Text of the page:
While Oklahomans continue to wait for state lawmakers to approve a package of revenue-raising measures to fill a $215 million budget gap, many are not waiting to voice their opinions.
News 9 commissioned SoonerPoll.com to survey likely voters on various aspects of the budget proposals that have been circulating at the Capitol. The survey of 580 men and women, age 18 and over, was done by phone Thursday night and included Republicans, Democrats, Independents, and Libertarians.
The diverse group was in general agreement on one thing -- that the Legislature is not doing a good job
Asked if they have a favorable or unfavorable opinion of the Oklahoma State Legislature, 66 percent said their opinion was either somewhat or very unfavorable. Twenty-six percent said they view the legislature somewhat or very favorably.
"It's probably just slightly higher than what we've seen in other political bodies, but that's really not saying all that much," said pollster Bill Shapard.
Shapard believes lawmakers' low favorability rating has been exacerbated recently by their failure, in the current special session, to agree on a budget fix.
One revenue-raising measure that's consistently been on the table is a 6-cent increase in the state tax on gasoline, from the current 16 cents a gallon to 22 cents.
Survey participants were asked if they supported or opposed this proposed hike. Forty-six percent said they supported it, either somewhat or strongly, while 53 percent opposed increasing the gas tax.
And Shapard says it's worth noting that 44 percent of those opposed 'strongly' oppose it.
"We have seen in prior polling that the gas tax is not popular at all, and so we found that again basically this time,” Shapard stated.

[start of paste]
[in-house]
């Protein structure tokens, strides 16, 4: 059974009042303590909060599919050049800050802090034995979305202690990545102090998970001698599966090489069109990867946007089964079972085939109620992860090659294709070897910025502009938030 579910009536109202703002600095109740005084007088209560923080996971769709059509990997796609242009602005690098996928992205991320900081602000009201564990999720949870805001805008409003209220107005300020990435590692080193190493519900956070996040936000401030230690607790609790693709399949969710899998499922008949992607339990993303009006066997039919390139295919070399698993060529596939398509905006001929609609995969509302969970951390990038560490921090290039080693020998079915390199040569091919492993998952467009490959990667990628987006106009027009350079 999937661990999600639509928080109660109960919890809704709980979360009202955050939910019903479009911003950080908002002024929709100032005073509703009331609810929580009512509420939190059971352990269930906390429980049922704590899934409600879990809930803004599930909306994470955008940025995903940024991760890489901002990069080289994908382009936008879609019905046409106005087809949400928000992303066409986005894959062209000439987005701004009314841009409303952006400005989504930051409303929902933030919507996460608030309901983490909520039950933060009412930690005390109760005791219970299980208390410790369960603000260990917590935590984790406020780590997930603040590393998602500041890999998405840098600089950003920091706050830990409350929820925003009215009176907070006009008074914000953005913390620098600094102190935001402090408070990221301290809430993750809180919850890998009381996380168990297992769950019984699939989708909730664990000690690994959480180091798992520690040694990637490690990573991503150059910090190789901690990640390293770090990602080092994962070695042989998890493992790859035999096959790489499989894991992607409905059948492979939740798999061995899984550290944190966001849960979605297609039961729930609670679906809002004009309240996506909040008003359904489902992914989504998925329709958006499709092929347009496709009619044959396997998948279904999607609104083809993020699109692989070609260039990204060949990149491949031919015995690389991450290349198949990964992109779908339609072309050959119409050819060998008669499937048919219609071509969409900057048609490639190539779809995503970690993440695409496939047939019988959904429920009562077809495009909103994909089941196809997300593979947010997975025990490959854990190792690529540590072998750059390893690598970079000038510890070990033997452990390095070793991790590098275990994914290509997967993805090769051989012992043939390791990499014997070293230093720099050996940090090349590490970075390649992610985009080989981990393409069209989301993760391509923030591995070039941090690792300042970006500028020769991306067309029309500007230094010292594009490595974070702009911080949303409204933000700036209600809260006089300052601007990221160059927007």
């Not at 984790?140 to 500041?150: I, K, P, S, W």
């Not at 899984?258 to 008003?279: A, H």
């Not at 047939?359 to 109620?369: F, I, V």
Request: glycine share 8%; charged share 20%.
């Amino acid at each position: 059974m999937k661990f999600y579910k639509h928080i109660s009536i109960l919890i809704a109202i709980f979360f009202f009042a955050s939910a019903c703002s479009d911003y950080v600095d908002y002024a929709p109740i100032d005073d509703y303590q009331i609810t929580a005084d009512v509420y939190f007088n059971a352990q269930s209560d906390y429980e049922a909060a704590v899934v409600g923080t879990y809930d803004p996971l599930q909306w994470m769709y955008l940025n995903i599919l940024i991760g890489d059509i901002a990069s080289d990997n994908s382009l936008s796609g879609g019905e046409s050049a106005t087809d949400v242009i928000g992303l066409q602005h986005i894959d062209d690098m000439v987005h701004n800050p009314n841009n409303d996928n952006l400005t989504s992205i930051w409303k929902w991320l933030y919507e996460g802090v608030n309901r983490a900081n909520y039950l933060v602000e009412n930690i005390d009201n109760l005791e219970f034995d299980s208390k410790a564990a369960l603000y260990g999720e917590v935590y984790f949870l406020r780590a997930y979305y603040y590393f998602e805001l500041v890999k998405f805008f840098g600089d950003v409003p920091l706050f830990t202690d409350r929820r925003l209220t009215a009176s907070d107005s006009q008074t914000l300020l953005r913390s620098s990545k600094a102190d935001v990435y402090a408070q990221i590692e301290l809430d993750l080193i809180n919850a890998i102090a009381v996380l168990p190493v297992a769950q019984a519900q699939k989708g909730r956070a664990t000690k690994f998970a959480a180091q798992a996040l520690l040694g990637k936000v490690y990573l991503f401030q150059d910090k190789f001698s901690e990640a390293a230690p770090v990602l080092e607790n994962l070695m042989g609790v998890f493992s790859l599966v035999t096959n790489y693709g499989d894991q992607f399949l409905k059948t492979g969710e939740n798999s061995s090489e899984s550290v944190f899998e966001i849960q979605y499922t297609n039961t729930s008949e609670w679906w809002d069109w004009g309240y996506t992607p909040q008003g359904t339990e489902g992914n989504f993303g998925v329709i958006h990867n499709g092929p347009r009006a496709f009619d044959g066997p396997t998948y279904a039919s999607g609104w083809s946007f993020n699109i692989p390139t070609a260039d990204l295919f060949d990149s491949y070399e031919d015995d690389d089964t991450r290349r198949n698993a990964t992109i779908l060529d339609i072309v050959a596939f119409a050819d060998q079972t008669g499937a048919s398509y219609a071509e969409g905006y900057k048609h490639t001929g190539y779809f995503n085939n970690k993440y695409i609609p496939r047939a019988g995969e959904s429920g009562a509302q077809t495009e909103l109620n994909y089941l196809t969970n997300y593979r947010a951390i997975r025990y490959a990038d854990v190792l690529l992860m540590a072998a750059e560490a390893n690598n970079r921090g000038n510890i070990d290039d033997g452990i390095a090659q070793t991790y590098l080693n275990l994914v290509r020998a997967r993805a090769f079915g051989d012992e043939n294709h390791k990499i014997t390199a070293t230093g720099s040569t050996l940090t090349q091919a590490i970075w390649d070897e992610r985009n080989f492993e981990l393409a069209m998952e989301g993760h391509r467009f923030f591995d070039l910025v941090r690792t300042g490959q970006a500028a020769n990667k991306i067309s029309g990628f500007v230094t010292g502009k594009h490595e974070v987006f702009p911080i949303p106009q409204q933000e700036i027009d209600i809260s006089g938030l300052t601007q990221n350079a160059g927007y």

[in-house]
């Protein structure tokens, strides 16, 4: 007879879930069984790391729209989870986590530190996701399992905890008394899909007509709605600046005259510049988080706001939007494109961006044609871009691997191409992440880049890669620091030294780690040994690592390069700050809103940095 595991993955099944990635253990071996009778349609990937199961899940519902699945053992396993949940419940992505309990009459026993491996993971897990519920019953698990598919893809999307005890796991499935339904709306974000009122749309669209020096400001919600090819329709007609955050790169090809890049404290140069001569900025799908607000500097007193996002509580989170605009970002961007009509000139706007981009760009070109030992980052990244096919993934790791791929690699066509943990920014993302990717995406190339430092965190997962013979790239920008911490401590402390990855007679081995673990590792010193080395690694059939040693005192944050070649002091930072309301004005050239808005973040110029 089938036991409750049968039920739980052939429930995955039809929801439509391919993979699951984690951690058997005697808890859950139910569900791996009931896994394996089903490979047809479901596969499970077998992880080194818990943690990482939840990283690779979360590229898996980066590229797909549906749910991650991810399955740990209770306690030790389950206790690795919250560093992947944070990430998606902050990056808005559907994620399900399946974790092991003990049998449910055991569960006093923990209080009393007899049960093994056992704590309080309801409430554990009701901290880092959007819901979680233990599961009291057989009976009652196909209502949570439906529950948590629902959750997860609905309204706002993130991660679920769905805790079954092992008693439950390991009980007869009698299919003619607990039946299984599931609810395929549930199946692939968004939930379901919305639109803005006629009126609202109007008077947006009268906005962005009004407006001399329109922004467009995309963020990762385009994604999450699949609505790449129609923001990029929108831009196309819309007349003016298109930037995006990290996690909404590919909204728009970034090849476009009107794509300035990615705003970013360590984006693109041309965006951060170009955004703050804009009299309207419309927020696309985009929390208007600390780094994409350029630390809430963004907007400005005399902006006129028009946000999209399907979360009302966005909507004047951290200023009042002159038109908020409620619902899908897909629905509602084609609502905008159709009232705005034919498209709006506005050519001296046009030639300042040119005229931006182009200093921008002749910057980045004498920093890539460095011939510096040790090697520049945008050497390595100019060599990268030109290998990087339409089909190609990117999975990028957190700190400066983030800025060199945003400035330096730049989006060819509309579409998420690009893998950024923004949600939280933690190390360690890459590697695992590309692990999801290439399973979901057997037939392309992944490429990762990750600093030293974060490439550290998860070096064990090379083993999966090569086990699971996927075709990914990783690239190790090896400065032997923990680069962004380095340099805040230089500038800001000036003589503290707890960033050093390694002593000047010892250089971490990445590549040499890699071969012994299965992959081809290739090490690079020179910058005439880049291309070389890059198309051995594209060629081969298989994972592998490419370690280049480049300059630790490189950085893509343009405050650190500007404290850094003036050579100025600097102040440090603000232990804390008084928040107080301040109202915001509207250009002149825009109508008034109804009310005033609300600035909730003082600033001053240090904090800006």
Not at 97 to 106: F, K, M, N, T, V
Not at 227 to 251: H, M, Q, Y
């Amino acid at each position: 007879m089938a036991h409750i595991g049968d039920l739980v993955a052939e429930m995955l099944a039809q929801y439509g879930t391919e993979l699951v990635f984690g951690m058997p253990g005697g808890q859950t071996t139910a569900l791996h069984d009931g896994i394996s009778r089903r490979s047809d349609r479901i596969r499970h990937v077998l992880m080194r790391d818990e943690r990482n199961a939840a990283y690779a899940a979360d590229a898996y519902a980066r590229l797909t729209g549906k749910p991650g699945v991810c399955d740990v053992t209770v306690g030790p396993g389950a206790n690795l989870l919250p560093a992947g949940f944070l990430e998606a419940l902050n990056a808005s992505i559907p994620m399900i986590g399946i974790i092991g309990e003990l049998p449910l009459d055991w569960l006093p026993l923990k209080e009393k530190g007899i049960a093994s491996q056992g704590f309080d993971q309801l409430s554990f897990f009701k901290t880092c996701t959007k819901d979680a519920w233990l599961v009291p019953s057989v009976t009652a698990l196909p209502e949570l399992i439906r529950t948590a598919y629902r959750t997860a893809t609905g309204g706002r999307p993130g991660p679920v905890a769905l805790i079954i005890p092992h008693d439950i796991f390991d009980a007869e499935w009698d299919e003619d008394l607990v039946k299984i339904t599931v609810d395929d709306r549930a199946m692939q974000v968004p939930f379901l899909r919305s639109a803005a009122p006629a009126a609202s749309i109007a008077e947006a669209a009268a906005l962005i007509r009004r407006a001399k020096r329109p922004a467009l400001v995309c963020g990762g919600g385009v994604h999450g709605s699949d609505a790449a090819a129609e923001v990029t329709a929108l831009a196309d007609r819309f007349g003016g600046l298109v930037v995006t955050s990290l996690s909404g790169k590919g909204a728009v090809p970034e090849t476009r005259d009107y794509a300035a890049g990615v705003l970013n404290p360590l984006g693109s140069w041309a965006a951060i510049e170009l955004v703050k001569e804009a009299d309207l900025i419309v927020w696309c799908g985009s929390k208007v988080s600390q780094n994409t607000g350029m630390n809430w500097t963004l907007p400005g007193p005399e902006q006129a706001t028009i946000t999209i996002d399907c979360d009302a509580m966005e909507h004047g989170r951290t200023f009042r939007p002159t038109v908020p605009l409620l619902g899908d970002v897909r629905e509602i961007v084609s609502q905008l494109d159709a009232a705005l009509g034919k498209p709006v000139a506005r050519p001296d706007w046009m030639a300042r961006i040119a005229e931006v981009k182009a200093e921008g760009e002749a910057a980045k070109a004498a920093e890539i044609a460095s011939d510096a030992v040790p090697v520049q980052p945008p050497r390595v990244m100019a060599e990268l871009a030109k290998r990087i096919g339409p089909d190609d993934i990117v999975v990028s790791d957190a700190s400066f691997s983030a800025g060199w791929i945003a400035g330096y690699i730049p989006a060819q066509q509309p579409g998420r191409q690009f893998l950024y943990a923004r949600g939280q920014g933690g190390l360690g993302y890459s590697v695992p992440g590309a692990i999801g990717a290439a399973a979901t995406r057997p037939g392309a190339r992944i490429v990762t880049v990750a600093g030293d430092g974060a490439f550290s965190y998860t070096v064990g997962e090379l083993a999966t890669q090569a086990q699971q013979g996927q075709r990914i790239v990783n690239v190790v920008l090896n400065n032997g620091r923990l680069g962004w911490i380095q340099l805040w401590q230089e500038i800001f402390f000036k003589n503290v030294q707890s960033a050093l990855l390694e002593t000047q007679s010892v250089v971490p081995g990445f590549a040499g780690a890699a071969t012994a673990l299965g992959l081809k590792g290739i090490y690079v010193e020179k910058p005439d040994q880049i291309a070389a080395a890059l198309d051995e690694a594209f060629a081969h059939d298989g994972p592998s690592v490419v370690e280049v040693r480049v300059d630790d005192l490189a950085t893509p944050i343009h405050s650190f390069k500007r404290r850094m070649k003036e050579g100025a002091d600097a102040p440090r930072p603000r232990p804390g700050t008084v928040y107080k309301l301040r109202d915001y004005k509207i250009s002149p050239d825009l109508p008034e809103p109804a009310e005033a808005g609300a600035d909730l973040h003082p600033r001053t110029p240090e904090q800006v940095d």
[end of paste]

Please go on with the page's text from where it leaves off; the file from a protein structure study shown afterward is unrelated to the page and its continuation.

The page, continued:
SoonerPoll.com also found that most likely voters feel the state already has enough funding. Asked if they "believe that the state government has enough funding to run our state properly" or that lawmakers should "raise taxes to fund existing state government agencies and programs," 49 percent responded "state government has enough funding." Thirty-three percent said legislators should raise taxes.
Shapard says this goes against the standard line being pushed at the Capitol, that more revenue is needed.
"As a pollster, I see time and time again," Shapard said, "that the voters come back and say, 'No, I think you got enough money, why don't try to make it work with what you got.'"
The poll also surveyed Oklahomans on their support for a proposed $1,000 pay raise for state employers, most of whom have not had any raise since 2006. 45 percent of respondents said they support such a raise, while 52 percent oppose it (41 percent 'strongly' oppose).
This runs contrary to the general support Oklahomans have expressed for giving teachers raises.
“This poll demonstrates that Oklahomans are frustrated by politicians who campaign as fiscal conservatives and then go to the capital to vote for $500 million in new taxes and more government," said John Tidwell, with Americans for Prosperity, a conservative, anti-tax advocacy group funded by the Koch brothers. "Let’s hope this poll serves as a wake-up call to the legislature, which needs to stop rummaging through our wallets and instead start to cut wasteful spending.”
See the complete poll results below: